On my way home, I stop to fuel my Subaru. A light snow falls, icy around the edges, barely sharp enough to tease my cheeks as I stand looking up. It’s after dark, and the people are coming and going in the convenience store with cups of coffee and bottles of wine and white paper cartons of fried food. The river curves behind the store and the attached garage, silently bending through town, water running beneath the frozen surface.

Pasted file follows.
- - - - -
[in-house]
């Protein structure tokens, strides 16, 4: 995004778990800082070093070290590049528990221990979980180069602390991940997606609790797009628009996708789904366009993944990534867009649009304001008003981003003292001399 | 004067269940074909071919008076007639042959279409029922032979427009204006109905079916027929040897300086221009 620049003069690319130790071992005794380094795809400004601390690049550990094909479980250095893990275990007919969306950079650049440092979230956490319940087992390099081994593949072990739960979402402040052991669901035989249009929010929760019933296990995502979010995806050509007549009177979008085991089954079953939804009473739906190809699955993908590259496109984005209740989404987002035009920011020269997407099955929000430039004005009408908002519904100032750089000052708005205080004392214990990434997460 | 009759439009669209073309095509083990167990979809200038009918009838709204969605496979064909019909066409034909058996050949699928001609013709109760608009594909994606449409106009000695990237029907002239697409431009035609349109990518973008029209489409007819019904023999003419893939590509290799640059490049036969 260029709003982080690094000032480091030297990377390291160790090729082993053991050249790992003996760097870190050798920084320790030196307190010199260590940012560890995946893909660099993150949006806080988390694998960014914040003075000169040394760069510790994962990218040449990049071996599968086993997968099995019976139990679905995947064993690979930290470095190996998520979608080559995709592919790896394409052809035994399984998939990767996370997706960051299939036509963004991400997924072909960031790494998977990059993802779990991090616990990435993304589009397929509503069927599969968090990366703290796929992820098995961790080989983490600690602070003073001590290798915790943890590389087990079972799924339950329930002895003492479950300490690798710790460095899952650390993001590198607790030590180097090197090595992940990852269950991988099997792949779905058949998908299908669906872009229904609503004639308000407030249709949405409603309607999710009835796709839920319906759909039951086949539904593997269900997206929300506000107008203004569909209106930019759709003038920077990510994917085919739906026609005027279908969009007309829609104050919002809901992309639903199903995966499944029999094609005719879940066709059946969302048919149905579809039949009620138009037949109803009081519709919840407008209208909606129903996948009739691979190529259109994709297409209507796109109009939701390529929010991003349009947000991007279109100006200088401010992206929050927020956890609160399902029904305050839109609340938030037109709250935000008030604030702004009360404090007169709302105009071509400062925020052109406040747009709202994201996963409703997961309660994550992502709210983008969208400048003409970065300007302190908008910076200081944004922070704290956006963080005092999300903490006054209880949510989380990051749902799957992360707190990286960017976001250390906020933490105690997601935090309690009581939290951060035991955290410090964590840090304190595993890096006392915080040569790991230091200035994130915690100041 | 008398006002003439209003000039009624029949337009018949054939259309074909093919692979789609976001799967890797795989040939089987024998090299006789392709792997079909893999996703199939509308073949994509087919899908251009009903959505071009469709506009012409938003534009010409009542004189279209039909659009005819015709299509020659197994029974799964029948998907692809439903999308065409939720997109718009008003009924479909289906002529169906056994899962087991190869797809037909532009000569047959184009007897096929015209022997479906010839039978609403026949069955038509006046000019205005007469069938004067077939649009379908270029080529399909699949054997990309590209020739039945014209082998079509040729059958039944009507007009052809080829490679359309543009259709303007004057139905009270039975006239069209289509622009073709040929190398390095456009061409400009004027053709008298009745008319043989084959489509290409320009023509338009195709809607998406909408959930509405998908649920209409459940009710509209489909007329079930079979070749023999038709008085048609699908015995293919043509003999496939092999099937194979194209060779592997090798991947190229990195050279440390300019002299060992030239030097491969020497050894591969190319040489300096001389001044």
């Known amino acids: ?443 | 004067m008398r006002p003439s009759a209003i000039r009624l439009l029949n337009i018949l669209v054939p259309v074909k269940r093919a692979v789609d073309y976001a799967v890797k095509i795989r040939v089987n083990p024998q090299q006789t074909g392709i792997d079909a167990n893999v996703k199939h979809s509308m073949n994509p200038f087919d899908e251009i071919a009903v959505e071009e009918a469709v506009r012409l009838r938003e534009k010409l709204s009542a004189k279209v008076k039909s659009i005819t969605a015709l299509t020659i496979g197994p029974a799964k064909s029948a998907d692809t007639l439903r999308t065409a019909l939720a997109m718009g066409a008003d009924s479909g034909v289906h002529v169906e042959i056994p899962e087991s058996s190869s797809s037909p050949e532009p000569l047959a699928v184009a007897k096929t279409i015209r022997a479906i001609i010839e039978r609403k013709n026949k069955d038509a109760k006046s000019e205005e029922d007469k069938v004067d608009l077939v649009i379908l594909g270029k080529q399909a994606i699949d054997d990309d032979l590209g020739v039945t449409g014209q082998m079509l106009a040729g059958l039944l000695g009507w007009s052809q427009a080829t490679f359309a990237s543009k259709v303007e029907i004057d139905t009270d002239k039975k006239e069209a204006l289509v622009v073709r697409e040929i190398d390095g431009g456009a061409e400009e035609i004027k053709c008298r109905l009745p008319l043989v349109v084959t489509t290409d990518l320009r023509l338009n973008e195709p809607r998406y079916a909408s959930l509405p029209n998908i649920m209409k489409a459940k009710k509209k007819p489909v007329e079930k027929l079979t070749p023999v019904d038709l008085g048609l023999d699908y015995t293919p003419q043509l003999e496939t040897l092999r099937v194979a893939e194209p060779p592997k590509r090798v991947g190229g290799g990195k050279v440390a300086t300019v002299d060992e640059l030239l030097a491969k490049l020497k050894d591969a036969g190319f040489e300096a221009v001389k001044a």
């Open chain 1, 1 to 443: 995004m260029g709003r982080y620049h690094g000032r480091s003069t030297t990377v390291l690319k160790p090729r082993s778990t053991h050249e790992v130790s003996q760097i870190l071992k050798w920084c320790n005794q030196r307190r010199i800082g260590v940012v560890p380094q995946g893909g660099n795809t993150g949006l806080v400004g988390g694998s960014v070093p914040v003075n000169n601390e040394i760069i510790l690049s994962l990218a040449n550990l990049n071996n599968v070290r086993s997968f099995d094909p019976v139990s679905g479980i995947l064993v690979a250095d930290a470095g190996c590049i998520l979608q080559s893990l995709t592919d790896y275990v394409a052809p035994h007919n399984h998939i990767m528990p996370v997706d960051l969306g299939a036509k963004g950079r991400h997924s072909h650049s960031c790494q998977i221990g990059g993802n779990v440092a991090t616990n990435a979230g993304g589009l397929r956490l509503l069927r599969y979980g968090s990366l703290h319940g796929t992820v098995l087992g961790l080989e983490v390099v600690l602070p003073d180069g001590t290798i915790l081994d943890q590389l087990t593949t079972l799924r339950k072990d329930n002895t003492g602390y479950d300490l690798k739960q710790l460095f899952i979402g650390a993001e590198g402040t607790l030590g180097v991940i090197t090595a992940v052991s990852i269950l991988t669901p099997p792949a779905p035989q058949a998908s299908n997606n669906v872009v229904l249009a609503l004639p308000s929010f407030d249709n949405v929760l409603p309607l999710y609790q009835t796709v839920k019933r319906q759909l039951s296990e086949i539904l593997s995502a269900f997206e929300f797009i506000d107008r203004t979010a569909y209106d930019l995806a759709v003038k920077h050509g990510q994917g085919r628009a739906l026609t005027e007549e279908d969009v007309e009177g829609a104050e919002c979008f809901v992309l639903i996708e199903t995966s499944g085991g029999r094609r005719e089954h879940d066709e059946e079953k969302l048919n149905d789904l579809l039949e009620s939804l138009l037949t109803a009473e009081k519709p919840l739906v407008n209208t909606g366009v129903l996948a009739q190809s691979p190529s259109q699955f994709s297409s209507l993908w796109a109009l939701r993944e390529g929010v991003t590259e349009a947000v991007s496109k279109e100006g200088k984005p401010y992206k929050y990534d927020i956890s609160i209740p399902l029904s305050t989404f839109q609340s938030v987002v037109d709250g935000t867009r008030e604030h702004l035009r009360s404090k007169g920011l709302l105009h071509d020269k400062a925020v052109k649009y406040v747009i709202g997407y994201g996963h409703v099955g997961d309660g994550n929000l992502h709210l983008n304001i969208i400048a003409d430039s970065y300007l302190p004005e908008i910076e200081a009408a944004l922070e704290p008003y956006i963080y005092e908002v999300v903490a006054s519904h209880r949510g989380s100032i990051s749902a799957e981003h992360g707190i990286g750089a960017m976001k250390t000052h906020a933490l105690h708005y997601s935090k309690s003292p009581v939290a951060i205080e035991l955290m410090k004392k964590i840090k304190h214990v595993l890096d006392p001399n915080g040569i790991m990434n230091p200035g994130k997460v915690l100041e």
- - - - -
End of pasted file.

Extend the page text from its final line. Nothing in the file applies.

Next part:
The evening before, my daughter asked me about The Yellow Wallpaper, the novella she’s reading for class. I remembered the free copy I picked up in high school, dirty and water-stained — a copy I probably snagged from my high school floor. This is the season of freeze and thaw, freeze and thaw, the long slow slog towards spring. In the late afternoons, skiing, the sunlight pushes through the forest. Some days, cold. Some days, warm. So it goes.
Life is a verb, not a noun.— Charlotte Perkins Gilman
2 thoughts on “History, Yellow Wallpaper, Gas Station.”
Short and epic